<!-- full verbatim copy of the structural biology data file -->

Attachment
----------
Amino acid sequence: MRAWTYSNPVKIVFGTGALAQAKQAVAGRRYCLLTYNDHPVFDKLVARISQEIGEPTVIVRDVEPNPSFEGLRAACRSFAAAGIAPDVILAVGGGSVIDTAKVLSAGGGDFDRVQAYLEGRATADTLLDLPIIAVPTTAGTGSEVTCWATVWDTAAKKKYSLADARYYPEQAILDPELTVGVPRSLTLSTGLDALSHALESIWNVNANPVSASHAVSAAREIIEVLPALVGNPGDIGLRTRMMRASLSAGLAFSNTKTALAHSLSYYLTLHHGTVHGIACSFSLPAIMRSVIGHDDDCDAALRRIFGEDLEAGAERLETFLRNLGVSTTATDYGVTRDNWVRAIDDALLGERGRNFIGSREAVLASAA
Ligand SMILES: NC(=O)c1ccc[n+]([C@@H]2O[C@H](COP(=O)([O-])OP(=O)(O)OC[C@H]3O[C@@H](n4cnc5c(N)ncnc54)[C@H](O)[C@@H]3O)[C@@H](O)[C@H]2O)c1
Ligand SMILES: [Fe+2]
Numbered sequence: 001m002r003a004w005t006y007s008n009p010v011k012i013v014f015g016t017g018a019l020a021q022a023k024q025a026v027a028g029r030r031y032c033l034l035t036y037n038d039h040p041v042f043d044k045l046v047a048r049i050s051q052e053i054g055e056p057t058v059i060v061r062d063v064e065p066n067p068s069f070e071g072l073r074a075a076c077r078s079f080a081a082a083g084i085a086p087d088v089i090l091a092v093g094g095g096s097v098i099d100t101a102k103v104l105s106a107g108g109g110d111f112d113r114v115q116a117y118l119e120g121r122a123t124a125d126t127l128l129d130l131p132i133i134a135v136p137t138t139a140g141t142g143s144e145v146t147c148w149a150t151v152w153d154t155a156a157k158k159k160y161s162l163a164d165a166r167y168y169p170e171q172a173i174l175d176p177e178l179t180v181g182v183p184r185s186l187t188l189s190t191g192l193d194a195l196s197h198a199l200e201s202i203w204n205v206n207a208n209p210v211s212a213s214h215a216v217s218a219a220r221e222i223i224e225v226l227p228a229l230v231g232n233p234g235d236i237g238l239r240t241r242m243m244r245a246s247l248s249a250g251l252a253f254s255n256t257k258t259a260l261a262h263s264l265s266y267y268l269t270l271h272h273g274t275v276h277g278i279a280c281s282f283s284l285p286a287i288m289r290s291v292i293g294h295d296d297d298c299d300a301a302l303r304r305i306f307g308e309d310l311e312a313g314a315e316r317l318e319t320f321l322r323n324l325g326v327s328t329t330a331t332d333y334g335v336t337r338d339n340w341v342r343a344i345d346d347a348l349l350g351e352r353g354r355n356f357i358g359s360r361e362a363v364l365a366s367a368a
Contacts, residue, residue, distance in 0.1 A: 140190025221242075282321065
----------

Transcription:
Amino acid sequence: MRAWTYSNPVKIVFGTGALAQAKQAVAGRRYCLLTYNDHPVFDKLVARISQEIGEPTVIVRDVEPNPSFEGLRAACRSFAAAGIAPDVILAVGGGSVIDTAKVLSAGGGDFDRVQAYLEGRATADTLLDLPIIAVPTTAGTGSEVTCWATVWDTAAKKKYSLADARYYPEQAILDPELTVGVPRSLTLSTGLDALSHALESIWNVNANPVSASHAVSAAREIIEVLPALVGNPGDIGLRTRMMRASLSAGLAFSNTKTALAHSLSYYLTLHHGTVHGIACSFSLPAIMRSVIGHDDDCDAALRRIFGEDLEAGAERLETFLRNLGVSTTATDYGVTRDNWVRAIDDALLGERGRNFIGSREAVLASAA
Ligand SMILES: NC(=O)c1ccc[n+]([C@@H]2O[C@H](COP(=O)([O-])OP(=O)(O)OC[C@H]3O[C@@H](n4cnc5c(N)ncnc54)[C@H](O)[C@@H]3O)[C@@H](O)[C@H]2O)c1
Ligand SMILES: [Fe+2]
Numbered sequence: 001m002r003a004w005t006y007s008n009p010v011k012i013v014f015g016t017g018a019l020a021q022a023k024q025a026v027a028g029r030r031y032c033l034l035t036y037n038d039h040p041v042f043d044k045l046v047a048r049i050s051q052e053i054g055e056p057t058v059i060v061r062d063v064e065p066n067p068s069f070e071g072l073r074a075a076c077r078s079f080a081a082a083g084i085a086p087d088v089i090l091a092v093g094g095g096s097v098i099d100t101a102k103v104l105s106a107g108g109g110d111f112d113r114v115q116a117y118l119e120g121r122a123t124a125d126t127l128l129d130l131p132i133i134a135v136p137t138t139a140g141t142g143s144e145v146t147c148w149a150t151v152w153d154t155a156a157k158k159k160y161s162l163a164d165a166r167y168y169p170e171q172a173i174l175d176p177e178l179t180v181g182v183p184r185s186l187t188l189s190t191g192l193d194a195l196s197h198a199l200e201s202i203w204n205v206n207a208n209p210v211s212a213s214h215a216v217s218a219a220r221e222i223i224e225v226l227p228a229l230v231g232n233p234g235d236i237g238l239r240t241r242m243m244r245a246s247l248s249a250g251l252a253f254s255n256t257k258t259a260l261a262h263s264l265s266y267y268l269t270l271h272h273g274t275v276h277g278i279a280c281s282f283s284l285p286a287i288m289r290s291v292i293g294h295d296d297d298c299d300a301a302l303r304r305i306f307g308e309d310l311e312a313g314a315e316r317l318e319t320f321l322r323n324l325g326v327s328t329t330a331t332d333y334g335v336t337r338d339n340w341v342r343a344i345d346d347a348l349l350g351e352r353g354r355n356f357i358g359s360r361e362a363v364l365a366s367a368a
Contacts, residue, residue, distance in 0.1 A: 140190025221242075282321065